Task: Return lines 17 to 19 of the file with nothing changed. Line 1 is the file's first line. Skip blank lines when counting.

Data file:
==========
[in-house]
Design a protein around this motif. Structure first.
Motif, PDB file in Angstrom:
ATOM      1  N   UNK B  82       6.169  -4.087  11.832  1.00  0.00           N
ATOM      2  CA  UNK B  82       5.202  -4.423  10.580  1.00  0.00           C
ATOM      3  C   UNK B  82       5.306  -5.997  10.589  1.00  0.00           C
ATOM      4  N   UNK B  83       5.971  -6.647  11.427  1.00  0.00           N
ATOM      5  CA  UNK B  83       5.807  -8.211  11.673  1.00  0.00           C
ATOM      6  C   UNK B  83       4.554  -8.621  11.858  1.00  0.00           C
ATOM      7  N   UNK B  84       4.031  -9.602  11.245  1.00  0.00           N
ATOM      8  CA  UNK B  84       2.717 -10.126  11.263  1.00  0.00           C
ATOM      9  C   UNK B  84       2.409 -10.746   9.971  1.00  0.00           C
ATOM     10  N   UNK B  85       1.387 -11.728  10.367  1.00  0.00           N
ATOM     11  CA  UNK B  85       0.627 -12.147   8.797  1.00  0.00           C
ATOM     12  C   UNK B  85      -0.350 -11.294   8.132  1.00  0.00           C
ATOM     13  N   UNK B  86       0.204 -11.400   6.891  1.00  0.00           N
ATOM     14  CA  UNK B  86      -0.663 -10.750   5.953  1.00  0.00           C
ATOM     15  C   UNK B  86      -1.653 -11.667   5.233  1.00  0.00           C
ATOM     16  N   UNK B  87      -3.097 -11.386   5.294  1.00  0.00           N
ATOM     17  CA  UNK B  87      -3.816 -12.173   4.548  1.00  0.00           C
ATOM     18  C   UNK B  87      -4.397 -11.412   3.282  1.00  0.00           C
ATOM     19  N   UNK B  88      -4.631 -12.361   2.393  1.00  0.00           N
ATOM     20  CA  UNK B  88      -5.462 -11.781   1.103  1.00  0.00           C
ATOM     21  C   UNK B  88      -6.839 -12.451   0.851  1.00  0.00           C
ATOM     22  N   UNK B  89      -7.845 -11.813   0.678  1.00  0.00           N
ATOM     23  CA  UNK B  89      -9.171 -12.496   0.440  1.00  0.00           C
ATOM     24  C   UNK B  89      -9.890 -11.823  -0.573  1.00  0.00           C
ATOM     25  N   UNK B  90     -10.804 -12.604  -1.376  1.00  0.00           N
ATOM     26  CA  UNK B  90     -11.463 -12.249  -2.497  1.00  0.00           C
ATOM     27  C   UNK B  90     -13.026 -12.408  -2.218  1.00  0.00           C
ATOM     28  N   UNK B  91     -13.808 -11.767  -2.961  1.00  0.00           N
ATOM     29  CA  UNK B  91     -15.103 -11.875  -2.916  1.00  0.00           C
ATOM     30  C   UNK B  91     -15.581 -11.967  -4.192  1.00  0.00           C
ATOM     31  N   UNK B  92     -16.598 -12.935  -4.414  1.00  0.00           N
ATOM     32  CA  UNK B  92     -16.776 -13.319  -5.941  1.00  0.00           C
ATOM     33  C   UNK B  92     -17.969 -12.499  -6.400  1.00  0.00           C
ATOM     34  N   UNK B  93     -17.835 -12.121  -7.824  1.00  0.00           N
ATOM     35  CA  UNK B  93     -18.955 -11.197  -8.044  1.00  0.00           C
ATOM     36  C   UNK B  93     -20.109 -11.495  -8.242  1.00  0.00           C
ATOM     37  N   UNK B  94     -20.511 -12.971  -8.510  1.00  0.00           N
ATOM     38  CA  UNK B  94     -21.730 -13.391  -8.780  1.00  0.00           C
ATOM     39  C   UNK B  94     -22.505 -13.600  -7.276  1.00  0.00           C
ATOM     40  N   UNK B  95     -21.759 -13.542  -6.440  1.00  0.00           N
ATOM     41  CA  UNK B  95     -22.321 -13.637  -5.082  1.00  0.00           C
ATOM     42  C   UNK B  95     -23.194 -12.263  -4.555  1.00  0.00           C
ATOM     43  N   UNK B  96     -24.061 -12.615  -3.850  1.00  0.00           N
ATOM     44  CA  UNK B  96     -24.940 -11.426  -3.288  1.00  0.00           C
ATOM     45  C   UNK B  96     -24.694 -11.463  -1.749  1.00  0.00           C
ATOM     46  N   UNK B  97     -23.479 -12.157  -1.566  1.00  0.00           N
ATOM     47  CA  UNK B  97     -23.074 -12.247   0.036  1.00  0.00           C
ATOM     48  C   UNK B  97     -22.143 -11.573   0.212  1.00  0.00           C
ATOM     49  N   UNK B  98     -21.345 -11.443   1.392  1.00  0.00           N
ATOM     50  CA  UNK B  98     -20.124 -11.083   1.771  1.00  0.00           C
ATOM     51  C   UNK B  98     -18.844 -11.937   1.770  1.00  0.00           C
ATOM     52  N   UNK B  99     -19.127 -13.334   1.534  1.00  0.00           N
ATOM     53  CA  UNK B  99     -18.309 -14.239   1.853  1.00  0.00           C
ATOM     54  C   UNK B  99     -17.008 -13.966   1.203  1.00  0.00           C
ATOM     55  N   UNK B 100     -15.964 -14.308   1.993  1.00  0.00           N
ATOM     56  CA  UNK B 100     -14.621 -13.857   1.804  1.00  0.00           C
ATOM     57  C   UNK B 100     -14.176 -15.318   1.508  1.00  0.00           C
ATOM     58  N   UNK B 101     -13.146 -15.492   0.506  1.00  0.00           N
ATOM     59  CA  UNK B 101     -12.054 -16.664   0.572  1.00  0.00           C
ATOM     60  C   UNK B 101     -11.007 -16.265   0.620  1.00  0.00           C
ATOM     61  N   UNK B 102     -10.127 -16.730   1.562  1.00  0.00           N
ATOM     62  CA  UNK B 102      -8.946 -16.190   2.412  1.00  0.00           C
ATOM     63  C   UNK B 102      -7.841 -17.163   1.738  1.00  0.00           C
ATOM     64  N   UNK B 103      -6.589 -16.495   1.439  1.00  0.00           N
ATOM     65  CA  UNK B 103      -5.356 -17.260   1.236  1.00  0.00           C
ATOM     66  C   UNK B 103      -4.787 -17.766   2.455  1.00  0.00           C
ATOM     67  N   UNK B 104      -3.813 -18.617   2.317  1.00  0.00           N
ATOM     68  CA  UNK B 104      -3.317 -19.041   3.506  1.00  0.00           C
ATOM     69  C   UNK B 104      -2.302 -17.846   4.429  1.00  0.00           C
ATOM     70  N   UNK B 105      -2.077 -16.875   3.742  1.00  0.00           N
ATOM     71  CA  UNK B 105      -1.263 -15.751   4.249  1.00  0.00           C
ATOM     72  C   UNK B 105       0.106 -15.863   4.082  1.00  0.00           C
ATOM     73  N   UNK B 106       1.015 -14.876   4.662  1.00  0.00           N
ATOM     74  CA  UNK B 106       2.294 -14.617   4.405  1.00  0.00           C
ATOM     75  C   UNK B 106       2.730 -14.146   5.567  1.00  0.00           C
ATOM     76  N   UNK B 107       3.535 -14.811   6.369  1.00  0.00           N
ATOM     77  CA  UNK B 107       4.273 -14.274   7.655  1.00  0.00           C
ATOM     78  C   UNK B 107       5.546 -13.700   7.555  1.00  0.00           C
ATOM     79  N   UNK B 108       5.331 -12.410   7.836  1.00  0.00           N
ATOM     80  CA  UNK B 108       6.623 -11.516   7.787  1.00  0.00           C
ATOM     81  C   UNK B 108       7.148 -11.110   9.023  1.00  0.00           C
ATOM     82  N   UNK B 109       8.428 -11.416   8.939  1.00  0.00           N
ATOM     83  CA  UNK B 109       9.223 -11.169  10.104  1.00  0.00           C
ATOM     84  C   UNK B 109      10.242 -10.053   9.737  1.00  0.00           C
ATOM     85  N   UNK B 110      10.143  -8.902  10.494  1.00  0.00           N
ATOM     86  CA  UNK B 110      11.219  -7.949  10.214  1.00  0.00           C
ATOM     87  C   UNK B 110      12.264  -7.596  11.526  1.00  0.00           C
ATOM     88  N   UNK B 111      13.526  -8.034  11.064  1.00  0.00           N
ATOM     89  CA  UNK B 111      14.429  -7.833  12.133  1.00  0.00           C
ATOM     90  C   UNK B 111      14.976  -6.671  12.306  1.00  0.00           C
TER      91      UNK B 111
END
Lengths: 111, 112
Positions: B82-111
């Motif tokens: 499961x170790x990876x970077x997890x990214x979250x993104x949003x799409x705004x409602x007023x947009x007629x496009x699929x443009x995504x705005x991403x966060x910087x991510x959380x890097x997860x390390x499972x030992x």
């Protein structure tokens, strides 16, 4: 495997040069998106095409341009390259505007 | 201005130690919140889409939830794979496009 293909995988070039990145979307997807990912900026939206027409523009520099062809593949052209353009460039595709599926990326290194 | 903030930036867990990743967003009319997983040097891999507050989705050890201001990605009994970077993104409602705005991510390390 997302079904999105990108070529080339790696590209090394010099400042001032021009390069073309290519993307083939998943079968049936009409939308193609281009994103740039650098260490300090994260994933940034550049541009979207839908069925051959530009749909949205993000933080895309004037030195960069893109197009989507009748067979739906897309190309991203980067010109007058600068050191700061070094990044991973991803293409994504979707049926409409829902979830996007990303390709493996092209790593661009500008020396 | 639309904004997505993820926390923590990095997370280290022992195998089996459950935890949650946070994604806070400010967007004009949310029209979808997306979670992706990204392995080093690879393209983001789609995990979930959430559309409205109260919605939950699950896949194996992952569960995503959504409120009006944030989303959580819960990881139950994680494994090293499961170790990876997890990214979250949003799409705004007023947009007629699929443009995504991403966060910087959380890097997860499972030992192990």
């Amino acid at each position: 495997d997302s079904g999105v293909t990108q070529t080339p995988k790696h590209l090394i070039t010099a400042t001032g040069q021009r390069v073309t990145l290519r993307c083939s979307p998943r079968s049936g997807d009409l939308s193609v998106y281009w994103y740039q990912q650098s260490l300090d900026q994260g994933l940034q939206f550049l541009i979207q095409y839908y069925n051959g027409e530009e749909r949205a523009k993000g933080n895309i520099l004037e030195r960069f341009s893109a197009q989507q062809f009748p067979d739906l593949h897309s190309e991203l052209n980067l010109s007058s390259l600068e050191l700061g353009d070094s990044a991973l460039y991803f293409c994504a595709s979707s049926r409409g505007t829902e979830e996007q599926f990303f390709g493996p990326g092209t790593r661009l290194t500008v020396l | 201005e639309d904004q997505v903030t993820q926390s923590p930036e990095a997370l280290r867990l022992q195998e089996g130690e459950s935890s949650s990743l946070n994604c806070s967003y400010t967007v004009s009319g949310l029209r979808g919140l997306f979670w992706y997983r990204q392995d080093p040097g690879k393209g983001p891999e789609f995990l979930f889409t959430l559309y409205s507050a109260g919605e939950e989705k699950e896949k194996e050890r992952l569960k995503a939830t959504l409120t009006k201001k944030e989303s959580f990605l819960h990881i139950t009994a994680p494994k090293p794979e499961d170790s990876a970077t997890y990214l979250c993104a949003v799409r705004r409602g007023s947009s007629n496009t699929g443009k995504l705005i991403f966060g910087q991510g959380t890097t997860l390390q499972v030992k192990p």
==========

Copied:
ATOM     14  CA  UNK B  86      -0.663 -10.750   5.953  1.00  0.00           C
ATOM     15  C   UNK B  86      -1.653 -11.667   5.233  1.00  0.00           C
ATOM     16  N   UNK B  87      -3.097 -11.386   5.294  1.00  0.00           N